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The Concept Of Freedom Essay

1206 words - 5 pages

While many words throughout the English language can paint a vivid image or idea, the word freedom is perhaps one of the most ambiguous. “It is defined as the following: the fact of not being controlled by subject or fate; the power of self-determination attributed to will” (“Freedom”). Its definition cannot be simplified into one dimension, and its interpretation is completely contextual. The reason that the definition from the Oxford English Dictionary was given prior, was due to its broadness; making it a more well-suited definition to describe the concept of freedom. In analyzing freedom, similar words will be discussed, freedom’s characteristics described, and examples given, in order to illustrate the word and some of its many uses.
When observing words considered synonymous with freedom, such as liberty, right, ability, privilege, unrestraint, and so forth, it can quickly be discovered that such words describe types of freedom. A person viewed as unrestrained, or having little or no constraints, could be considered free or having the most possible freedom. However, consider the following: if someone went out to vote for a particular political figure and a man put a gun to their head, telling them to vote for that same person, they are limited in your choices. Despite not being allowed to vote for any others, they retain freedom in the sense that they are allowed to carry out their initial intentions. Someone who is anomic, or whose wants are in a constant state of flux, is typically able to carry out whatever they want to do. Such a person, who has no control of their impulses, could be considered as having less freedom due to such circumstances. Based on this idea, it could be argued that someone with little to no constraints could still be considered to exist in a state lacking in or absent of freedom. Regarding rights or abilities, such ideas are subjective in the sense that one man’s right may hinder the abilities of another. Synonyms don’t always construe a strong sense of a word, especially if that word can be interpreted in a multitude of ways.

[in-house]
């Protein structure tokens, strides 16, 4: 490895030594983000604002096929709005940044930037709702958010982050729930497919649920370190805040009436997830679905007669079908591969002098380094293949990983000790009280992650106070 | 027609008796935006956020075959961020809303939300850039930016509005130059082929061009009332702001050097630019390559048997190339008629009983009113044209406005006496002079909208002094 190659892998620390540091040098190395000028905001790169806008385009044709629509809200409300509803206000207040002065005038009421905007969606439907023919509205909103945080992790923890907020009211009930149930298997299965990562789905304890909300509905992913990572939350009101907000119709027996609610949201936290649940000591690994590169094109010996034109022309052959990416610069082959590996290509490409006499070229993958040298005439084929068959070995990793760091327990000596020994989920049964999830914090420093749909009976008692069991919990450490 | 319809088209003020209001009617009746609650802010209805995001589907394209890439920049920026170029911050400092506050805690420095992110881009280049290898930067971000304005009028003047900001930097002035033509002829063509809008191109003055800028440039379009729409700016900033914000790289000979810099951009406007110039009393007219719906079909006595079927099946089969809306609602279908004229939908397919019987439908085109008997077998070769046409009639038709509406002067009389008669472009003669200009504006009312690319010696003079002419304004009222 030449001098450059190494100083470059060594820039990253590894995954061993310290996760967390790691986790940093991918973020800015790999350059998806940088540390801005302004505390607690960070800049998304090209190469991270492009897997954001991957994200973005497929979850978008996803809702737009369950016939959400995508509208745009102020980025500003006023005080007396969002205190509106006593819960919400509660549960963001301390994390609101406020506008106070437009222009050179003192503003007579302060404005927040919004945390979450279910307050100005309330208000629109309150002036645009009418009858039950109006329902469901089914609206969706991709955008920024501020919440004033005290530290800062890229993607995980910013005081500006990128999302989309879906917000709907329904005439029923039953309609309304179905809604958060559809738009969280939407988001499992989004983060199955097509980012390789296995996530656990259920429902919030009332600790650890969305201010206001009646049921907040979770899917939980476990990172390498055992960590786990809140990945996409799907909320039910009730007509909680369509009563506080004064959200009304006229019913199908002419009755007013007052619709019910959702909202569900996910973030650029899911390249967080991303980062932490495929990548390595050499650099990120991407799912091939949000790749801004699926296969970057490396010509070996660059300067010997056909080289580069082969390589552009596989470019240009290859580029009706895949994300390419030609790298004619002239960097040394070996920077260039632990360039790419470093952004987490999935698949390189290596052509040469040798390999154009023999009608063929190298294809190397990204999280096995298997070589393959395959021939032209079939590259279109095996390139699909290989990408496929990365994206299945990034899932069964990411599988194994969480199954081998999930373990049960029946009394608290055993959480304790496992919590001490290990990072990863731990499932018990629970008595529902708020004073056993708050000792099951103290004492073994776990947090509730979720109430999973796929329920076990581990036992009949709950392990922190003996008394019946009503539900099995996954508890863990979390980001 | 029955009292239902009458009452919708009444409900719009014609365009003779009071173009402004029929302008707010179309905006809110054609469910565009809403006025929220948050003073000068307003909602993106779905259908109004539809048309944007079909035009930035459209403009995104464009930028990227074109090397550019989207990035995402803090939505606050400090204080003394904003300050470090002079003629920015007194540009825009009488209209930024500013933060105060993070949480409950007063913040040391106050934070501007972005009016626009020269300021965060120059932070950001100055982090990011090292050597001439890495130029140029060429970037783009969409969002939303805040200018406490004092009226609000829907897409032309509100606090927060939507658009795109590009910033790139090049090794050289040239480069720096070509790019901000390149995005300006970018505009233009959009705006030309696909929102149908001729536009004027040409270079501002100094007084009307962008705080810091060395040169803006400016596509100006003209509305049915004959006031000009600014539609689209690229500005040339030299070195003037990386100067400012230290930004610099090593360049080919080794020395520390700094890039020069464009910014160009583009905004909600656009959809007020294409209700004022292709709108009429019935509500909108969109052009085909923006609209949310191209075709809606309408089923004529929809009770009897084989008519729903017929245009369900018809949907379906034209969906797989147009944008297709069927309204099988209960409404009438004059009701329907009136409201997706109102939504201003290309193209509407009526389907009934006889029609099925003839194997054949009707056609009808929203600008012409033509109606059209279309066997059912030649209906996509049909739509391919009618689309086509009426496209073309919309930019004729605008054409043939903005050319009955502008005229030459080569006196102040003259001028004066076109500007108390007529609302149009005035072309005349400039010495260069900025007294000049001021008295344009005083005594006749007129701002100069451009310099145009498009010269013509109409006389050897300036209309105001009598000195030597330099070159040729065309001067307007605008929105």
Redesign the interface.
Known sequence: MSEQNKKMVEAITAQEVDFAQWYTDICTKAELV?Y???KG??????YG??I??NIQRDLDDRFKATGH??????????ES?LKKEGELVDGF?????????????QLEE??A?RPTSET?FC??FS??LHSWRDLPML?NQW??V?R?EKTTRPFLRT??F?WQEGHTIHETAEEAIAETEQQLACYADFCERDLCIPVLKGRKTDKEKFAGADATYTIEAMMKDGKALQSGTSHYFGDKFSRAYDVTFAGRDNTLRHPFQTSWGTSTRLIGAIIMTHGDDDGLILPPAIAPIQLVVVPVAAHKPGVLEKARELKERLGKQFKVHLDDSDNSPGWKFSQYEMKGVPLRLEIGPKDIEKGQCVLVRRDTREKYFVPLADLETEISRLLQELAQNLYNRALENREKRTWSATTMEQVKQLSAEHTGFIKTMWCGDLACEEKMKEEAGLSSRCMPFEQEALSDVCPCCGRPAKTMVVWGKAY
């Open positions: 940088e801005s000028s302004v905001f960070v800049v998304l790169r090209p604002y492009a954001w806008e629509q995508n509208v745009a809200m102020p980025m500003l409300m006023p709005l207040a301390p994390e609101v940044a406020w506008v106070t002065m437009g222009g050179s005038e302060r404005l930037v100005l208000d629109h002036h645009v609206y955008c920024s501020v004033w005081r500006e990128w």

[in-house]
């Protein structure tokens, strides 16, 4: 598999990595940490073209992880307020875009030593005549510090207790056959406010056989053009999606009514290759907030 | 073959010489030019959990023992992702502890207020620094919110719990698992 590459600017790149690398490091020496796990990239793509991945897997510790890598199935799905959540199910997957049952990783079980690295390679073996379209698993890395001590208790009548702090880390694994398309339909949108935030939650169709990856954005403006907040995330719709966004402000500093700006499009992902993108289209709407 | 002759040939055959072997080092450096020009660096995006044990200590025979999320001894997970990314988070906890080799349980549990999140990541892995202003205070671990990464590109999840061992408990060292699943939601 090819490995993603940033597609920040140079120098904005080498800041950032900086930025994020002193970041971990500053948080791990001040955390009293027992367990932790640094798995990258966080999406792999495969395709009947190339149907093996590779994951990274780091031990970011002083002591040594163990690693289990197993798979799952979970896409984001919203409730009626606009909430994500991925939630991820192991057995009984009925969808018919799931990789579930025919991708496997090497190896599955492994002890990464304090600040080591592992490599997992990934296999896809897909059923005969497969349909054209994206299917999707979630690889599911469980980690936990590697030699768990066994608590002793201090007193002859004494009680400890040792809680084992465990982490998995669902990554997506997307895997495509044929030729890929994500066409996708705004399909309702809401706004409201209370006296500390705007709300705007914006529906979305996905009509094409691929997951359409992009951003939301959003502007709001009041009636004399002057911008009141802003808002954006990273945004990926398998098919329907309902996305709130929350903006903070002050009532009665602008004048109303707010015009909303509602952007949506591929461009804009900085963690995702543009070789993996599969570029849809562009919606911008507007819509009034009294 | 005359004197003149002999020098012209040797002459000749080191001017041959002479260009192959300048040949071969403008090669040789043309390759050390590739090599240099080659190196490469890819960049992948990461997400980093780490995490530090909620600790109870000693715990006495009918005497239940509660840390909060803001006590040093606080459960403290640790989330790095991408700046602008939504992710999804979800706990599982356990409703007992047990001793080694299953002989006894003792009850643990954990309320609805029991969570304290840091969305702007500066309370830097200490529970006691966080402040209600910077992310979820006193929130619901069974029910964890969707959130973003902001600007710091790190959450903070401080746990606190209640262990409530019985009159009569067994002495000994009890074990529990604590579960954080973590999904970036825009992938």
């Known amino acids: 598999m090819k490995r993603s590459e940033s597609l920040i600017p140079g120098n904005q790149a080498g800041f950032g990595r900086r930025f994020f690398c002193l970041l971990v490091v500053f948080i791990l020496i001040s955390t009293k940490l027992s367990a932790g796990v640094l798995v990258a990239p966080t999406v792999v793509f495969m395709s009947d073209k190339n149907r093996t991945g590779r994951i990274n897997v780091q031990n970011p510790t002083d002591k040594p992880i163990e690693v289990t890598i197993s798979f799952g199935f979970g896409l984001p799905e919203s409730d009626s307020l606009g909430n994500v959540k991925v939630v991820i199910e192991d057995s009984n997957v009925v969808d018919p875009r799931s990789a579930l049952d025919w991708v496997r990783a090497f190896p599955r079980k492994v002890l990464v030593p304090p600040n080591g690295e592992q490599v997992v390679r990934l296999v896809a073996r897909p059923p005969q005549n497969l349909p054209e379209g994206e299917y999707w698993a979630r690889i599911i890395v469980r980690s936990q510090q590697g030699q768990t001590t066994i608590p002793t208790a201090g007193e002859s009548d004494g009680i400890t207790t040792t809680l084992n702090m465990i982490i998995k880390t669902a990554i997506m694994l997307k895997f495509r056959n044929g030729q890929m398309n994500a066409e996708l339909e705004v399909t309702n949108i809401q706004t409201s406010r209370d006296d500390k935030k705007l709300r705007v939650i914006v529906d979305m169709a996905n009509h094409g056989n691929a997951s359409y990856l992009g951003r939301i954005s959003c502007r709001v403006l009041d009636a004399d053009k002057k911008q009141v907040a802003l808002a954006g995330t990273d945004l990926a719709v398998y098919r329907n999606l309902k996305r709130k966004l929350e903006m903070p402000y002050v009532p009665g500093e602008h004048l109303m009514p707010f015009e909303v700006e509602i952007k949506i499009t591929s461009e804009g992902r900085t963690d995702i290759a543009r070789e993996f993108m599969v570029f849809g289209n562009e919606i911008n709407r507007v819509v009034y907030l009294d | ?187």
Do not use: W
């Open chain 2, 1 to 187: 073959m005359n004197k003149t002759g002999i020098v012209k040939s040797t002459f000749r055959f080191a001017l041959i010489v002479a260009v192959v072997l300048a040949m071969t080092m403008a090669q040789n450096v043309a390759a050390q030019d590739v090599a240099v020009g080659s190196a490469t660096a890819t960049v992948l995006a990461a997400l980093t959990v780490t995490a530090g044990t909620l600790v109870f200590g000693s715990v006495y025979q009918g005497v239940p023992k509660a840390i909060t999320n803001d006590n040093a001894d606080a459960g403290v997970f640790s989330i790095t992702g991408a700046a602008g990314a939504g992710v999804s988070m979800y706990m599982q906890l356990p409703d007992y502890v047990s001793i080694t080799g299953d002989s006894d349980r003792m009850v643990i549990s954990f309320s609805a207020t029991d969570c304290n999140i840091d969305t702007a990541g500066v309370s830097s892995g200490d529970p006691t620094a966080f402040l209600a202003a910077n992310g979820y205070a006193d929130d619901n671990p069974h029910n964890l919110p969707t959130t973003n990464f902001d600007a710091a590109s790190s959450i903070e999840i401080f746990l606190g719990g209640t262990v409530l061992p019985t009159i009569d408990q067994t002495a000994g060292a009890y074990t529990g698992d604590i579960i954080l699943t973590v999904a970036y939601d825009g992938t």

One characteristic that makes the word freedom unique is its ability to evoke a myriad of emotions. A prisoner of war may feel ecstatic when the war is over and he can finally go back home to his family; free from his oppressors. A conservative may feel outraged by the idea of abortion being legalized, but those supporting it may feel relief for women; knowing they are now free to act with their own bodies accordingly. Freedom evokes different emotions in different instances, and most words cannot achieve that to the same extent that freedom can. Another attribute associated with freedom, as illustrated before, is its versatility. Freedom can not only evoke many emotions, but can have multiple meanings. It can be representative of its synonyms is one sense and its antonyms in another. In the abortion example, the legalization of abortion could be liberating to those who support it, and...

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